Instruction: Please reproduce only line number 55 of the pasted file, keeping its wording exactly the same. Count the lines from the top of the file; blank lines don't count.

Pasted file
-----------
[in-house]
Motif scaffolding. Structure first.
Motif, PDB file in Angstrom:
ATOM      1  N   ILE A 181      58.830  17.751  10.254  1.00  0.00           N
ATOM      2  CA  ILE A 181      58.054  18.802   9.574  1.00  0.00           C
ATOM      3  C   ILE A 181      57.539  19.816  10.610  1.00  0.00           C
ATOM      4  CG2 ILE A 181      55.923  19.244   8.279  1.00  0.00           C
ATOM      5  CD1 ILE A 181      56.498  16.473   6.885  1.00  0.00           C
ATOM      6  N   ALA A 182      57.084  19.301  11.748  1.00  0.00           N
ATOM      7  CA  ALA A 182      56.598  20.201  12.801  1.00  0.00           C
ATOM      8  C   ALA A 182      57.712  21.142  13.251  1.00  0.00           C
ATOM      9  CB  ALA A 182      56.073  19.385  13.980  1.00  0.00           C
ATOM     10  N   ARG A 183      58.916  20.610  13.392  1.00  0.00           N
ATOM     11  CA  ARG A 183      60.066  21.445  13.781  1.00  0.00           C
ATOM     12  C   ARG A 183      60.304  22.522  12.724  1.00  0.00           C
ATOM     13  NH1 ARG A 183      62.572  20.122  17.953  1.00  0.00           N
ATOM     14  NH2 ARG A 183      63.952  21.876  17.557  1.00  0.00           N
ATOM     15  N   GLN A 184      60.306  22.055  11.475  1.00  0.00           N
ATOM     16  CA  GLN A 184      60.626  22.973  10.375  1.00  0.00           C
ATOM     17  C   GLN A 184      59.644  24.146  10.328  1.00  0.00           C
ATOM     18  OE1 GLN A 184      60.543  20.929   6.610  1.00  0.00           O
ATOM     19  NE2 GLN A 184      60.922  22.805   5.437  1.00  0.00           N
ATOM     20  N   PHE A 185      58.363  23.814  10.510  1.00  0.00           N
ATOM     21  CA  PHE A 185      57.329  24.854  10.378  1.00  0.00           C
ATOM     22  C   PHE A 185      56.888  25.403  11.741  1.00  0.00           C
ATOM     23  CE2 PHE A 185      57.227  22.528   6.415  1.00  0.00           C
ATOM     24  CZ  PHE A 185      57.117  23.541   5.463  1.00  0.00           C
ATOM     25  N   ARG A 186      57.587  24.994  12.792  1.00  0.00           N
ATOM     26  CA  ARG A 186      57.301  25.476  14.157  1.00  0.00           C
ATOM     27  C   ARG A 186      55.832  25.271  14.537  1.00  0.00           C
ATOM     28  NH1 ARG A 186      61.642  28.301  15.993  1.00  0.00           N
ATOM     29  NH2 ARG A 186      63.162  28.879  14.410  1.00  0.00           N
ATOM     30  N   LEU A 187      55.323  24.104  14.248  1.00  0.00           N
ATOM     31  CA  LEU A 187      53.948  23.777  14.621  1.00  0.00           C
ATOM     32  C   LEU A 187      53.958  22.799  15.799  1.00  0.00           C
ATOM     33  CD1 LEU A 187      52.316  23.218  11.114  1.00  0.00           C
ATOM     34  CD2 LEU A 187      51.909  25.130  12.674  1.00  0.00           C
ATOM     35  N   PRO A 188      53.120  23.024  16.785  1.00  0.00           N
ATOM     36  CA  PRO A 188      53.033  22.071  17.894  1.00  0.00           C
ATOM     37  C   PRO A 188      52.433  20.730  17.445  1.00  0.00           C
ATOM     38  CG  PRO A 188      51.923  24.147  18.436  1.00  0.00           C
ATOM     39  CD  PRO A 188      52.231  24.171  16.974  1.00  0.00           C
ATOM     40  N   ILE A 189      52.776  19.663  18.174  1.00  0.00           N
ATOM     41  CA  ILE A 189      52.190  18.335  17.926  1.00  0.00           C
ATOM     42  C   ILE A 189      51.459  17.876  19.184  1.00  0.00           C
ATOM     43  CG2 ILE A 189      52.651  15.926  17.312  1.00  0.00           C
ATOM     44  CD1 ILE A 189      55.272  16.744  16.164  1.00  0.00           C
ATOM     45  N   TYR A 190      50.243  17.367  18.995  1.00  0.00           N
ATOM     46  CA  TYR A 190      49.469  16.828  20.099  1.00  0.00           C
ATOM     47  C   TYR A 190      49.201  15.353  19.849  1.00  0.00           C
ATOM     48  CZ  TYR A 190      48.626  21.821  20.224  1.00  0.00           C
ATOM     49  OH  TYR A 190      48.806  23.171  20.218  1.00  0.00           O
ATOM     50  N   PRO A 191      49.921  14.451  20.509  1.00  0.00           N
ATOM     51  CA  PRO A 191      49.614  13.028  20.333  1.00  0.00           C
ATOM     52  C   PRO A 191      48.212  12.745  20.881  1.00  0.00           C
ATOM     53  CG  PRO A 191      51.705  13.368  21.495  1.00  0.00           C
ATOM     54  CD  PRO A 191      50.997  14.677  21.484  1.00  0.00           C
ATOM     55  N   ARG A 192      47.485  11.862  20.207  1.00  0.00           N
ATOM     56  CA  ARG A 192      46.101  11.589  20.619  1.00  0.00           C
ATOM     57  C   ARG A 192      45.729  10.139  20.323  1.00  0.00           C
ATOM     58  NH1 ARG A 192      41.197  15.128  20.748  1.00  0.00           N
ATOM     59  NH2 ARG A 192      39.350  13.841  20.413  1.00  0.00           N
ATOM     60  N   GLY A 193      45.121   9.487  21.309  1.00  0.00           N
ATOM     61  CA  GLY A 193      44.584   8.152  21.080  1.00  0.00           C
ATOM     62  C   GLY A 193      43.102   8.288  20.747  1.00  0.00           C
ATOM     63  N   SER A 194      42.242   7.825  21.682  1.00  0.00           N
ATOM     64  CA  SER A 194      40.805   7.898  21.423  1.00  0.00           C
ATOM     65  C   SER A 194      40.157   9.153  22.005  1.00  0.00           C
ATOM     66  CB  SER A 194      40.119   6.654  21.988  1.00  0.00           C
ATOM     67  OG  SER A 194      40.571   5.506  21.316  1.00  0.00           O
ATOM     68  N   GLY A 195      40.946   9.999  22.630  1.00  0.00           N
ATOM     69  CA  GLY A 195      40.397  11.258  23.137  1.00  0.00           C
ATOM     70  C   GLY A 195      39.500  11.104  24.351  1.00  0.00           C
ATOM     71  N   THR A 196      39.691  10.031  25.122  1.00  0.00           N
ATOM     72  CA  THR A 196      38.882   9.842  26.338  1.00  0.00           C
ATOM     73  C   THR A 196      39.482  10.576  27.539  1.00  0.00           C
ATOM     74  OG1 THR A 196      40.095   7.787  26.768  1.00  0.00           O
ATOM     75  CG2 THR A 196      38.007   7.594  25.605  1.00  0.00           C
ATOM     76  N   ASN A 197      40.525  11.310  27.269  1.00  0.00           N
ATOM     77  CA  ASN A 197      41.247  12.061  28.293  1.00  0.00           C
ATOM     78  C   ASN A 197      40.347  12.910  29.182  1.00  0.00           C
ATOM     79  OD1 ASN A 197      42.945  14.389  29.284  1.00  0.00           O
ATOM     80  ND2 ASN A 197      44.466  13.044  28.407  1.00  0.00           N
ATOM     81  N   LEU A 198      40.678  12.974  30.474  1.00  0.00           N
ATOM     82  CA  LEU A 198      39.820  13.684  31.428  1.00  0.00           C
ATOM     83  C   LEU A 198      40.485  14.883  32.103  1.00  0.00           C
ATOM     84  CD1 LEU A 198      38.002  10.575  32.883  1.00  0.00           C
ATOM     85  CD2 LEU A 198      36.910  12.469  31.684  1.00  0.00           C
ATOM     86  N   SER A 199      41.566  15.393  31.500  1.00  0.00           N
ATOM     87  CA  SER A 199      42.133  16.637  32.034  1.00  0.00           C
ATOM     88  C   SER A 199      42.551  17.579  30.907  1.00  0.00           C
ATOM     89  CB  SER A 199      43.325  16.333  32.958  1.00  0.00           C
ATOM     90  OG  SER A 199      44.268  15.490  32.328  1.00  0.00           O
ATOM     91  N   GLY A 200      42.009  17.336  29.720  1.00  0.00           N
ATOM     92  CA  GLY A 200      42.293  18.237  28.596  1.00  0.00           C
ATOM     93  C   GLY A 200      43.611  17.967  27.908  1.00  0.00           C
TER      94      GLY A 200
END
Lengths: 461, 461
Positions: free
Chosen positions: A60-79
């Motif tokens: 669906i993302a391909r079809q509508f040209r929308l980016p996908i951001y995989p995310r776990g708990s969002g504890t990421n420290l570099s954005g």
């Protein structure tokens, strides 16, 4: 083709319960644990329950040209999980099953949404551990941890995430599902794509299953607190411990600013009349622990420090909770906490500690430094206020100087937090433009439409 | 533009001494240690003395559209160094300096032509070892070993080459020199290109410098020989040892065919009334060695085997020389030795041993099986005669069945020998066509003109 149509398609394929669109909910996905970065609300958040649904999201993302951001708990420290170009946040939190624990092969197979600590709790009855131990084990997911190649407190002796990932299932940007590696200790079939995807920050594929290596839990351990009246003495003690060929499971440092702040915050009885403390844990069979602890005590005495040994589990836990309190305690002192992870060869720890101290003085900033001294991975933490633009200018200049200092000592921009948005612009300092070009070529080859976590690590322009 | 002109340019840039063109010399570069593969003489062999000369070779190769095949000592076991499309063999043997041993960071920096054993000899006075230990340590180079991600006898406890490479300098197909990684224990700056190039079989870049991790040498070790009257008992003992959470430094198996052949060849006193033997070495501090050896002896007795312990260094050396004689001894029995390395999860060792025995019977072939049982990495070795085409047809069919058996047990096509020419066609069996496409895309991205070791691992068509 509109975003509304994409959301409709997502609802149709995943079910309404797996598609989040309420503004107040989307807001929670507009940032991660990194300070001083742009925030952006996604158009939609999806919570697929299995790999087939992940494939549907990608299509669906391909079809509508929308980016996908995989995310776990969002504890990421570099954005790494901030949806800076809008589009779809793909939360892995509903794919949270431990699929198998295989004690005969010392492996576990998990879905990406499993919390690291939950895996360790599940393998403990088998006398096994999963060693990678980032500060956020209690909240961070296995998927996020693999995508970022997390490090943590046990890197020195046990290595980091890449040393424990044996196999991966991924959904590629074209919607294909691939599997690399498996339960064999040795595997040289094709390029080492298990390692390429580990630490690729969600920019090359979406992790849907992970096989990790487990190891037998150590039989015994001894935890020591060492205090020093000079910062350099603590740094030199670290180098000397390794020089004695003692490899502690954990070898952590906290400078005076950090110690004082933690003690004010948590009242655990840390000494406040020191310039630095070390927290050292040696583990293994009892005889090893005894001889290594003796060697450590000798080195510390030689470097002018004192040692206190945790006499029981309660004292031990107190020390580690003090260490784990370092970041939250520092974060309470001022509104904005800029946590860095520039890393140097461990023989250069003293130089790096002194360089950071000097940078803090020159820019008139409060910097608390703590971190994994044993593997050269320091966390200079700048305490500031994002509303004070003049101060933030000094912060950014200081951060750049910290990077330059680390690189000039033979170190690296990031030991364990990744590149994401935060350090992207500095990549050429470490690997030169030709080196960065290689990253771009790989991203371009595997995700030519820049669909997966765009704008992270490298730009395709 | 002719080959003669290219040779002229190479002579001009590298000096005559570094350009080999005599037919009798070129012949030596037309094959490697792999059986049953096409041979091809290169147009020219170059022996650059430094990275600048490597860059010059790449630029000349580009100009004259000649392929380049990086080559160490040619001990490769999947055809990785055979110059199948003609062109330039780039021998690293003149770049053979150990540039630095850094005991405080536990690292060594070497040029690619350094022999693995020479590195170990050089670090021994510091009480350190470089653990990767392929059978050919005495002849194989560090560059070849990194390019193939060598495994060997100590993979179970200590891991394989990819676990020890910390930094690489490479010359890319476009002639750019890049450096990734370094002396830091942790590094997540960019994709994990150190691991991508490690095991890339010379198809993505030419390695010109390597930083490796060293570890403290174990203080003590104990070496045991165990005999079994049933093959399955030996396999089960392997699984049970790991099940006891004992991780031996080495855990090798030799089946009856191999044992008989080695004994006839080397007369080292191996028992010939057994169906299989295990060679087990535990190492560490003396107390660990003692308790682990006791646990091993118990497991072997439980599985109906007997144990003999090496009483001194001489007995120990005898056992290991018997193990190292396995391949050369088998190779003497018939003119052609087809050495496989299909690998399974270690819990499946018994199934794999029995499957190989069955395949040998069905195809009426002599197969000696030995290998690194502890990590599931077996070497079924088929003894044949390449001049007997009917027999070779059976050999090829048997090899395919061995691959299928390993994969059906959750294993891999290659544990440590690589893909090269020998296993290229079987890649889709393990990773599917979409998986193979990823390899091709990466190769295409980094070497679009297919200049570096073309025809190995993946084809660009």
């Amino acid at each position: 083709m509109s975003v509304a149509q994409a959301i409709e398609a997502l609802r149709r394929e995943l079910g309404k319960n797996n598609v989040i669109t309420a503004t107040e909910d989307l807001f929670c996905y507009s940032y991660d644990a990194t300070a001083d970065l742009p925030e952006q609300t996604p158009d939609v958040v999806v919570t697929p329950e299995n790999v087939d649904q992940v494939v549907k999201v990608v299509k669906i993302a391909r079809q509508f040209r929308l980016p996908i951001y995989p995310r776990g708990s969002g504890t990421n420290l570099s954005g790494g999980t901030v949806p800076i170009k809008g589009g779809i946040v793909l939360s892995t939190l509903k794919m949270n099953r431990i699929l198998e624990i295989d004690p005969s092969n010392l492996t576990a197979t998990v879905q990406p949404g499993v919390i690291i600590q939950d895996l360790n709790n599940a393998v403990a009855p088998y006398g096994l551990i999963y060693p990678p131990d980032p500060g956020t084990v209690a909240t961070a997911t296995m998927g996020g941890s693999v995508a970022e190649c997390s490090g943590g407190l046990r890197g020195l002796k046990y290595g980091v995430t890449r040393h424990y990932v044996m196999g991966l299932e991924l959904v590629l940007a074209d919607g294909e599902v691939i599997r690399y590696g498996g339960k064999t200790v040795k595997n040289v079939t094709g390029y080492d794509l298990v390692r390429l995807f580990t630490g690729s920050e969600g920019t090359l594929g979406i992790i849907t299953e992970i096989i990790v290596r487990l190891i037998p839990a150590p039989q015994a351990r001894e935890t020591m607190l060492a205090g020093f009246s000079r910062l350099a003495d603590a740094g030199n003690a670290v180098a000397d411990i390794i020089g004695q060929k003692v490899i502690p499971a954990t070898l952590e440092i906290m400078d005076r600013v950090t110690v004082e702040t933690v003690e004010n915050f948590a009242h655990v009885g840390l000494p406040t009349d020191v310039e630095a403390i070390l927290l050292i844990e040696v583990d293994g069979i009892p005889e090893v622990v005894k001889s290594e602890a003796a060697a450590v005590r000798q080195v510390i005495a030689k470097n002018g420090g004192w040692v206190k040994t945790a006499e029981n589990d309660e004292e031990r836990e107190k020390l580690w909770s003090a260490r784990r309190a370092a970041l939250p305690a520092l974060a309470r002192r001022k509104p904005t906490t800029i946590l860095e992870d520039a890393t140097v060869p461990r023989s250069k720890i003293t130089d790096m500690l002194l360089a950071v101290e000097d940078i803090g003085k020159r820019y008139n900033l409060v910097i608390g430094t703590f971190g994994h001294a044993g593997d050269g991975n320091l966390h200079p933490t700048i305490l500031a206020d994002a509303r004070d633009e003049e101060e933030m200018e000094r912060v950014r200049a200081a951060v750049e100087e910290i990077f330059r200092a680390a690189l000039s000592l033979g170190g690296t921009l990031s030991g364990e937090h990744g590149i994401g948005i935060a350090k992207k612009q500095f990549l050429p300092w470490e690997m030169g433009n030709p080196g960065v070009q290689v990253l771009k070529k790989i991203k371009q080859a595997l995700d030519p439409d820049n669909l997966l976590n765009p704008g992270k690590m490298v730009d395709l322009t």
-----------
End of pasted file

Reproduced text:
ATOM     52  C   PRO A 191      48.212  12.745  20.881  1.00  0.00           C